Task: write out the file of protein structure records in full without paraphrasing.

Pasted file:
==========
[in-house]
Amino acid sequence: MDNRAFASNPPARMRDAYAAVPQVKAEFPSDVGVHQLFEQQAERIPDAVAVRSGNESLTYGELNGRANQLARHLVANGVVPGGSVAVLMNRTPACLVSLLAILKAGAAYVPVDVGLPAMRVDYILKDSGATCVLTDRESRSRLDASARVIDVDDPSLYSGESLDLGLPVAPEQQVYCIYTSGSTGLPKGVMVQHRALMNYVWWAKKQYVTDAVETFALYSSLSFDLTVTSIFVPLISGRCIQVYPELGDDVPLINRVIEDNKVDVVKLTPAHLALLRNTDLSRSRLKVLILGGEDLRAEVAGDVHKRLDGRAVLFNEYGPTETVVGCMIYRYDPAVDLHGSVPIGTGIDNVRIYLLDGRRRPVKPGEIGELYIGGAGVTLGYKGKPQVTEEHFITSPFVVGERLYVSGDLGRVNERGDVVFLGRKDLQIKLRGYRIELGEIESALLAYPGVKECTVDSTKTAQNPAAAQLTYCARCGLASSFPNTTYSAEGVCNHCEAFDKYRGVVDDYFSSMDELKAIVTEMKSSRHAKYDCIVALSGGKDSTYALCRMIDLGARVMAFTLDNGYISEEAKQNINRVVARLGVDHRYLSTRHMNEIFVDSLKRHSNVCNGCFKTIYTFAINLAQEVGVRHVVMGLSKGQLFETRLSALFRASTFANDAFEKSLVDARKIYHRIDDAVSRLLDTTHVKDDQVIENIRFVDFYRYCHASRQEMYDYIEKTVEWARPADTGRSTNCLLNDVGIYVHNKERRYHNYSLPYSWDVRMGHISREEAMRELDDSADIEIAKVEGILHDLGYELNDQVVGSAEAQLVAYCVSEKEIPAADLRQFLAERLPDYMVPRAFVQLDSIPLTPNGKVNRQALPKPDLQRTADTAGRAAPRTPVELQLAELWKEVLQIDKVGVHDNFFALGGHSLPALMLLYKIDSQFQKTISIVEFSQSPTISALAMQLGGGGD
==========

[in-house]
Amino acid sequence: MDNRAFASNPPARMRDAYAAVPQVKAEFPSDVGVHQLFEQQAERIPDAVAVRSGNESLTYGELNGRANQLARHLVANGVVPGGSVAVLMNRTPACLVSLLAILKAGAAYVPVDVGLPAMRVDYILKDSGATCVLTDRESRSRLDASARVIDVDDPSLYSGESLDLGLPVAPEQQVYCIYTSGSTGLPKGVMVQHRALMNYVWWAKKQYVTDAVETFALYSSLSFDLTVTSIFVPLISGRCIQVYPELGDDVPLINRVIEDNKVDVVKLTPAHLALLRNTDLSRSRLKVLILGGEDLRAEVAGDVHKRLDGRAVLFNEYGPTETVVGCMIYRYDPAVDLHGSVPIGTGIDNVRIYLLDGRRRPVKPGEIGELYIGGAGVTLGYKGKPQVTEEHFITSPFVVGERLYVSGDLGRVNERGDVVFLGRKDLQIKLRGYRIELGEIESALLAYPGVKECTVDSTKTAQNPAAAQLTYCARCGLASSFPNTTYSAEGVCNHCEAFDKYRGVVDDYFSSMDELKAIVTEMKSSRHAKYDCIVALSGGKDSTYALCRMIDLGARVMAFTLDNGYISEEAKQNINRVVARLGVDHRYLSTRHMNEIFVDSLKRHSNVCNGCFKTIYTFAINLAQEVGVRHVVMGLSKGQLFETRLSALFRASTFANDAFEKSLVDARKIYHRIDDAVSRLLDTTHVKDDQVIENIRFVDFYRYCHASRQEMYDYIEKTVEWARPADTGRSTNCLLNDVGIYVHNKERRYHNYSLPYSWDVRMGHISREEAMRELDDSADIEIAKVEGILHDLGYELNDQVVGSAEAQLVAYCVSEKEIPAADLRQFLAERLPDYMVPRAFVQLDSIPLTPNGKVNRQALPKPDLQRTADTAGRAAPRTPVELQLAELWKEVLQIDKVGVHDNFFALGGHSLPALMLLYKIDSQFQKTISIVEFSQSPTISALAMQLGGGGD